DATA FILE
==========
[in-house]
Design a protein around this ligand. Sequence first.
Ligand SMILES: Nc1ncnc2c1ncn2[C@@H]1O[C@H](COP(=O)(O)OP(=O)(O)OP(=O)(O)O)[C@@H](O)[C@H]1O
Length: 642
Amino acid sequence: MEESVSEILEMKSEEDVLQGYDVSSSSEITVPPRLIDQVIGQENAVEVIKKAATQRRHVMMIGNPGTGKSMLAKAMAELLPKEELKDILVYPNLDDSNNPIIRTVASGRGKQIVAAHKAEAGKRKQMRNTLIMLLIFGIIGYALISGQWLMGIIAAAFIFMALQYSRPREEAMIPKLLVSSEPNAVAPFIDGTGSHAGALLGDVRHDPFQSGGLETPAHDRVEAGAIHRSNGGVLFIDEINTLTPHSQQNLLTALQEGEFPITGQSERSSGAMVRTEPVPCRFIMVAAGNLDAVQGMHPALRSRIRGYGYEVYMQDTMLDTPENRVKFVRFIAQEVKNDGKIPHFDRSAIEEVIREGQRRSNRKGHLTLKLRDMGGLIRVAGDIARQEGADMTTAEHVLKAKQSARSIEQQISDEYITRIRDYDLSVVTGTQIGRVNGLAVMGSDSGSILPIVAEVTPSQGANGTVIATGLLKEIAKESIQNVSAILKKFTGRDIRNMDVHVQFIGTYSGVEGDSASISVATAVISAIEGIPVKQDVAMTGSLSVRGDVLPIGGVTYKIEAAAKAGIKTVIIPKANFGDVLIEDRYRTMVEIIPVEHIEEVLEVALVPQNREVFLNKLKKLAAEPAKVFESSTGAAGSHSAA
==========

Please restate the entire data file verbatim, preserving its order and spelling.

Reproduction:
[in-house]
Design a protein around this ligand. Sequence first.
Ligand SMILES: Nc1ncnc2c1ncn2[C@@H]1O[C@H](COP(=O)(O)OP(=O)(O)OP(=O)(O)O)[C@@H](O)[C@H]1O
Length: 642
Amino acid sequence: MEESVSEILEMKSEEDVLQGYDVSSSSEITVPPRLIDQVIGQENAVEVIKKAATQRRHVMMIGNPGTGKSMLAKAMAELLPKEELKDILVYPNLDDSNNPIIRTVASGRGKQIVAAHKAEAGKRKQMRNTLIMLLIFGIIGYALISGQWLMGIIAAAFIFMALQYSRPREEAMIPKLLVSSEPNAVAPFIDGTGSHAGALLGDVRHDPFQSGGLETPAHDRVEAGAIHRSNGGVLFIDEINTLTPHSQQNLLTALQEGEFPITGQSERSSGAMVRTEPVPCRFIMVAAGNLDAVQGMHPALRSRIRGYGYEVYMQDTMLDTPENRVKFVRFIAQEVKNDGKIPHFDRSAIEEVIREGQRRSNRKGHLTLKLRDMGGLIRVAGDIARQEGADMTTAEHVLKAKQSARSIEQQISDEYITRIRDYDLSVVTGTQIGRVNGLAVMGSDSGSILPIVAEVTPSQGANGTVIATGLLKEIAKESIQNVSAILKKFTGRDIRNMDVHVQFIGTYSGVEGDSASISVATAVISAIEGIPVKQDVAMTGSLSVRGDVLPIGGVTYKIEAAAKAGIKTVIIPKANFGDVLIEDRYRTMVEIIPVEHIEEVLEVALVPQNREVFLNKLKKLAAEPAKVFESSTGAAGSHSAA